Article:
Most people assume that for a placebo to have any chance of the being effective, the patient must be unaware that they are getting a placebo. But, surprisingly, many studies indicate the opposite. “A review of five studies, involving 260 patients, published last month found that ‘open-label’ placebos—those that patients know contain no active medication—can improve symptoms in a range of conditions.” From The Guardian: I knew they were sugar pills but I felt fantastic.
5. Tired of all the Flynning
Michael Flynn’s lawyers are citing an “escalating public frenzy against him” since the appointment of a special counsel. According the AP, Flynn is expected to “invoke his Fifth Amendment protection against self-incrimination on Monday as he notifies the Senate Intelligence committee that he will not comply with a subpoena seeking documents.”
6. Battery power trip
“The market for portable battery packs generated $360 million in the 12 months ending in March, 2017 in the US alone. The brands behind these packs are largely anonymous—Kmashi, Jackery, and iMuto—and they often stay that way.” Until now. From The Verge: How Anker built the most beloved tech accessories on Amazon.
7. Chem tails
“When Peterson entered veterinary school in 1972, feline hyperthyroidism seemingly didn’t exist; today, he treats nothing else. In the intervening decades, hyperthyroidism somehow became an epidemic in cats, and no one knows why. ‘I’ve devoted most of my time in the last 35 years to this,’ said Peterson, who noted that he has treated more than 10,000 hyperthyroid cats, ‘and I still have more questions than I have answers.'” Cats could be unwitting guinea pigs in our quest to understand what impact ordinary household chemicals are having on our pets, and on us. From the NYT Magazine: The Mystery of the Wasting House-Cats. (This is one more item on a long list of reasons why your cat’s contempt for you is entirely justified.)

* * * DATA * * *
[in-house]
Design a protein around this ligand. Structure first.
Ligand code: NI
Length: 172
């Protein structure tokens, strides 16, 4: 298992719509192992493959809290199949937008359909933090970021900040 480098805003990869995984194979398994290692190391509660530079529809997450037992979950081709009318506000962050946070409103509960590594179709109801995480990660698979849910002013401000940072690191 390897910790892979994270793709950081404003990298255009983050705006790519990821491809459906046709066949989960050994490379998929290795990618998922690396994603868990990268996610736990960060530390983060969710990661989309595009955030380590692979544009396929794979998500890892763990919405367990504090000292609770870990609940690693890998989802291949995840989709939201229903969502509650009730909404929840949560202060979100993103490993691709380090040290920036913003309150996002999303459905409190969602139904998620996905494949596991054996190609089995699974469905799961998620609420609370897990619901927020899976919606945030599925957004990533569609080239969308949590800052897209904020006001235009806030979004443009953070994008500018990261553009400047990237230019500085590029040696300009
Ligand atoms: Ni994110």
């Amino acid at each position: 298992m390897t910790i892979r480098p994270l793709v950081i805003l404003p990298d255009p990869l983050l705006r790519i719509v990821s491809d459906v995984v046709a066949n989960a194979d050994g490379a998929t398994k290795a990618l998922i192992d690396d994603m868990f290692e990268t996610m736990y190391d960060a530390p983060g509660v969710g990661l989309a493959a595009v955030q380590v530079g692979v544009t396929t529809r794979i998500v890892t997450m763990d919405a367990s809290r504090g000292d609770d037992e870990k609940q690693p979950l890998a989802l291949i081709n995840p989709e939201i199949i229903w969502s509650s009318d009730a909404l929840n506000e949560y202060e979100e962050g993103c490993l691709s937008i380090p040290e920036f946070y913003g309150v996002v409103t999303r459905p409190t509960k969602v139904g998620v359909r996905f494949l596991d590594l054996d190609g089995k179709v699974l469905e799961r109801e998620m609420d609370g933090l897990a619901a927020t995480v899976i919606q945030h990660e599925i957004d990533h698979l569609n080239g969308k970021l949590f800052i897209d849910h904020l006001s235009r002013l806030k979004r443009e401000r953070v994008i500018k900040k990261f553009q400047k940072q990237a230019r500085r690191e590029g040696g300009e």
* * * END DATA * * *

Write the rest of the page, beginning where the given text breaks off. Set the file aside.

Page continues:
8. Come as you are
“Americans began the 20th century in bustles and bowler hats and ended it in velour sweatsuits and flannel shirts—the most radical shift in dress standards in human history.” From The Atlantic: Why American Workers Now Dress So Casually. (Interesting, I’ve always saved my velour sweatsuit for special occasions.)
9. Chew on this
NPR: “People who are allergic to pollen are accustomed to runny eyes and sniffles this time of year. But some seasonal allergy sufferers have it worse: They can develop allergic reactions to common fruits and vegetables.” Ever notice that no one ever develops an allergic reaction to Tater Tots?
10. Bottom of the news
You’ve undoubtedly suspected that social media can have a negative impact on your mental health. But which social network is the biggest downer? According to one study, Instagram is the worst. “Only YouTube had a net-positive effect among the respondents.” (They must not be reading the comments…)
+ The least surprising headline of the day: 5 people hospitalized after eating gas station nacho cheese.
+ Bloomberg shares a collection of photos that make one thing clear: Bowling is getting fancy.